April 22, 2012

But Not the Hippopotamus

But Not the Hippopotamus
By Sandra Boynton; illus. by author
0-4 Preschool Primary Little Simon 12 pp.
978-0671449049 Board $5.99

It's easy to feel out of step with the world, especially when you're a shy hippopotamus. Once again, Sandra Boynton addresses a serious topic - in this case, feeling left out - in terms of such fun and silliness that toddlers will have their emotional horizons gently broadened without even realizing it's happened.

The eponymous hippopotamus looks on alone as different pairs of animals engage in variety of activities. "A hog and a frog to a dance in the bog" and "a moose and a goose together have juice" and on and on. But just when it seems that she is destined to loneliness simply because it's hard to rhyme "hippopotamus", the other animals come back and say, "hey! Come join the lot of us!" And after a moment's hesitation, the hippopotamus does... but "not the armadillo."

The rhyme scheme and illustrations make But Not the Hippopotamus a solid choice, even for pre-verbal babies. Though rhythmically less predictable than some of her other stories, But Not the Hippopotamus scans poetically and is, if anything, more interesting because its rhymes don't fall into the sing-songy pattern of many baby books. Meanwhile, the titular key phrase guides the reader through and provides an element of narrative structure. The way that Boynton ends up rhyming "hippopotamus" with "the lot of us", (thus ensuring her hippo's inclusion), is nothing but terribly clever.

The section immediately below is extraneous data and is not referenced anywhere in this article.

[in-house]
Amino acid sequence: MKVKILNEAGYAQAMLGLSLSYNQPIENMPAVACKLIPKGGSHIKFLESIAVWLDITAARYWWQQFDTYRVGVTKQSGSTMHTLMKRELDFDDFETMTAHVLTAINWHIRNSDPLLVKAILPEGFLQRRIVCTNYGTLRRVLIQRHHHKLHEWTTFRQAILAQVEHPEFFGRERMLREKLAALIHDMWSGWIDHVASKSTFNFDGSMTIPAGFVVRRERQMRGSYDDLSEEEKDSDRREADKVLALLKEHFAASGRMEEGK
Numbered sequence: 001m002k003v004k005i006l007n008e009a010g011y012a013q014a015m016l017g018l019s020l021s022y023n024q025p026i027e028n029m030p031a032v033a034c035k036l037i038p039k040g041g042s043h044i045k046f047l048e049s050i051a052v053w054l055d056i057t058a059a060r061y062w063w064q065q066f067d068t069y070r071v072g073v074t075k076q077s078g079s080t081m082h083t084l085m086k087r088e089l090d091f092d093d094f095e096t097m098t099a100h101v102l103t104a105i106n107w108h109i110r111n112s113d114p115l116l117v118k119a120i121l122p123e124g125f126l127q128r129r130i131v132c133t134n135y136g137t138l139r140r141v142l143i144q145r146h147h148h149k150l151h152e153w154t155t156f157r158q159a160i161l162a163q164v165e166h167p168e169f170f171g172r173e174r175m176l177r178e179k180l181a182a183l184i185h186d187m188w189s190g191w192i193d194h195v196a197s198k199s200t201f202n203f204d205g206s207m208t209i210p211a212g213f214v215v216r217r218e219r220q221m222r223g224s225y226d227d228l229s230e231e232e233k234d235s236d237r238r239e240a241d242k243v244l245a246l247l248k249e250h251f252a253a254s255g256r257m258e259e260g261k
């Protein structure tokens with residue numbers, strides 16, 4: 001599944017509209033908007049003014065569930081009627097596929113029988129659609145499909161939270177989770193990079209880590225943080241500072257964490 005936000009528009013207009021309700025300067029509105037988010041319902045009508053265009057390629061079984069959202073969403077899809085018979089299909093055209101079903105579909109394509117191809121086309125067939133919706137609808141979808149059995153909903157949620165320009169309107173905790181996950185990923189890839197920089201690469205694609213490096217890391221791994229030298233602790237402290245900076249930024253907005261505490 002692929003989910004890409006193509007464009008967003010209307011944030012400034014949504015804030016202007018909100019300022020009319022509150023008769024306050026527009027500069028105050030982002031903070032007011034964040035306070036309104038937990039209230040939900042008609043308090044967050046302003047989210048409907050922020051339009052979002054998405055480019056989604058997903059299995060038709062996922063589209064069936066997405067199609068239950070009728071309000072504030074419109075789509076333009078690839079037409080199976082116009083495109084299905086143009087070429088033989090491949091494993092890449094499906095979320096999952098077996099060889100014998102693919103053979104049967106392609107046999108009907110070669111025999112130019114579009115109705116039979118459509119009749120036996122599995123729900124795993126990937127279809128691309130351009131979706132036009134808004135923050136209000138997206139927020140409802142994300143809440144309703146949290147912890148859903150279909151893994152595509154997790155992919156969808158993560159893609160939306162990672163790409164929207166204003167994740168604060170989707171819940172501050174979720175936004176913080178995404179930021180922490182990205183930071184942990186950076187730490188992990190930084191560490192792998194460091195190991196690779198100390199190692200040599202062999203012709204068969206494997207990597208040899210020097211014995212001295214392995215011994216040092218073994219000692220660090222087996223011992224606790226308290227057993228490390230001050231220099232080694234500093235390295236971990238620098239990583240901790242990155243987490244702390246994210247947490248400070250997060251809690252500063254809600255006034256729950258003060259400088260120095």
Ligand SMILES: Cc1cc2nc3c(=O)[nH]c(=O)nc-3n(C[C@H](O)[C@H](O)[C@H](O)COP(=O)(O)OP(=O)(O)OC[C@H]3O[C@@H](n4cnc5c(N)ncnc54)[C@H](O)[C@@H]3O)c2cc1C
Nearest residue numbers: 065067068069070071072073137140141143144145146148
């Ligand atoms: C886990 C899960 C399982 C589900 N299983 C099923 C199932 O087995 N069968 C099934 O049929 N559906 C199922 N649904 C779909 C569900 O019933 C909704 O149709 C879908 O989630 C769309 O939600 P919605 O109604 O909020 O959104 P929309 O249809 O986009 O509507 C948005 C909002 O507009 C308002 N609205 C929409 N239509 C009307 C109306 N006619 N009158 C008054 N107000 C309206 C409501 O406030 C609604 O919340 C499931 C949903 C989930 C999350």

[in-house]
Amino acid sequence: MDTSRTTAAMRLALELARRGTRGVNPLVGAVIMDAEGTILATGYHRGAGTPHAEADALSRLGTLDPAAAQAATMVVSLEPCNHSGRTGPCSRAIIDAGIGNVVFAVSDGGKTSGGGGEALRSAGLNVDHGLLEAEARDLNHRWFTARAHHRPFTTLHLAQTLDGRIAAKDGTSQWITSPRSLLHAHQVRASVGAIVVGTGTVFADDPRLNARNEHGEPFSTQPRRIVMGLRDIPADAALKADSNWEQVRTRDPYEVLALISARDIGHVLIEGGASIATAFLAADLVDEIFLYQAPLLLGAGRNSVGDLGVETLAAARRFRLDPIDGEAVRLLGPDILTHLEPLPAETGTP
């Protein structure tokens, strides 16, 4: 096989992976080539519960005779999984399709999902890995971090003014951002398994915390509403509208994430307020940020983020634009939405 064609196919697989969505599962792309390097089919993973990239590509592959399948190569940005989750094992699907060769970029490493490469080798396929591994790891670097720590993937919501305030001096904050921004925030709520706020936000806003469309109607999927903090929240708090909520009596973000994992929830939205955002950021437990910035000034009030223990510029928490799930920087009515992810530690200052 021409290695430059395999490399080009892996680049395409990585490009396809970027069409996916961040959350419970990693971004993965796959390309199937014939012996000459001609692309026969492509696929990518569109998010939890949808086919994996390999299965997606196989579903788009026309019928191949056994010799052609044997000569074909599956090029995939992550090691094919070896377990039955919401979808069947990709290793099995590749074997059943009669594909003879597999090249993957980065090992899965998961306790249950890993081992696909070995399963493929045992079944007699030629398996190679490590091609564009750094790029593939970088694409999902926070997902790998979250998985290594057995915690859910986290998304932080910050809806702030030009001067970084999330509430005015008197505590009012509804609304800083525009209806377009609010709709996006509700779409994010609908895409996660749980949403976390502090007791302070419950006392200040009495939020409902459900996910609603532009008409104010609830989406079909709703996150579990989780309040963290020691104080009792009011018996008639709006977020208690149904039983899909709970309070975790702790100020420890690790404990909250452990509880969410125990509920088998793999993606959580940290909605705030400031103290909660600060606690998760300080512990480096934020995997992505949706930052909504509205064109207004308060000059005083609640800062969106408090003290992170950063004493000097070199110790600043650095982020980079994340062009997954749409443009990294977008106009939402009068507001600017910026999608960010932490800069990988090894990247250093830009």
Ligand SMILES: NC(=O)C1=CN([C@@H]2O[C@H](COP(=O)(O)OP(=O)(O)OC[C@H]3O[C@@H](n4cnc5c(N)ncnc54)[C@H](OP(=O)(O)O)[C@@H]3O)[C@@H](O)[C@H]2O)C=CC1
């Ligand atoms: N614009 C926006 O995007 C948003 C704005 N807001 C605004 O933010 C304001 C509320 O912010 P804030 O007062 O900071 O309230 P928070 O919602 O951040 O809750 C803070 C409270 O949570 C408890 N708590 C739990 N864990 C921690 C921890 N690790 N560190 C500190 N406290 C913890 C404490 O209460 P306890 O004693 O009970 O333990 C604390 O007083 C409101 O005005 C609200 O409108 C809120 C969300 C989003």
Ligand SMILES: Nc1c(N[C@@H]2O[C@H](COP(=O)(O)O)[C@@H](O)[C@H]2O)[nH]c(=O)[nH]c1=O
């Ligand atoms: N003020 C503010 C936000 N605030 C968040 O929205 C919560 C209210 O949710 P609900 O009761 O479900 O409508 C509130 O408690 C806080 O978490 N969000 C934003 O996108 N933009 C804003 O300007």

As with many of her books, Boynton uses humor a vehicle for genuine emotion. Her hippopotamus looks lonely and unsure, garnering the sympathies of young readers and engendering a sense of relief when she's finally included - but only if a child is emotionally mature enough to do so. But Not the Hippopotamus works on multiple levels. For younger toddlers, the tale is just funny, which is fine too, and even very little ones will enjoy hearing the rhythms and seeing the pictures. But Not the Hippopotamus is silly and funny and surprisingly deep. A lovely surprise of a book, it has as much to offer a baby as it does a toddler, and will grow with a baby as the baby grows up.

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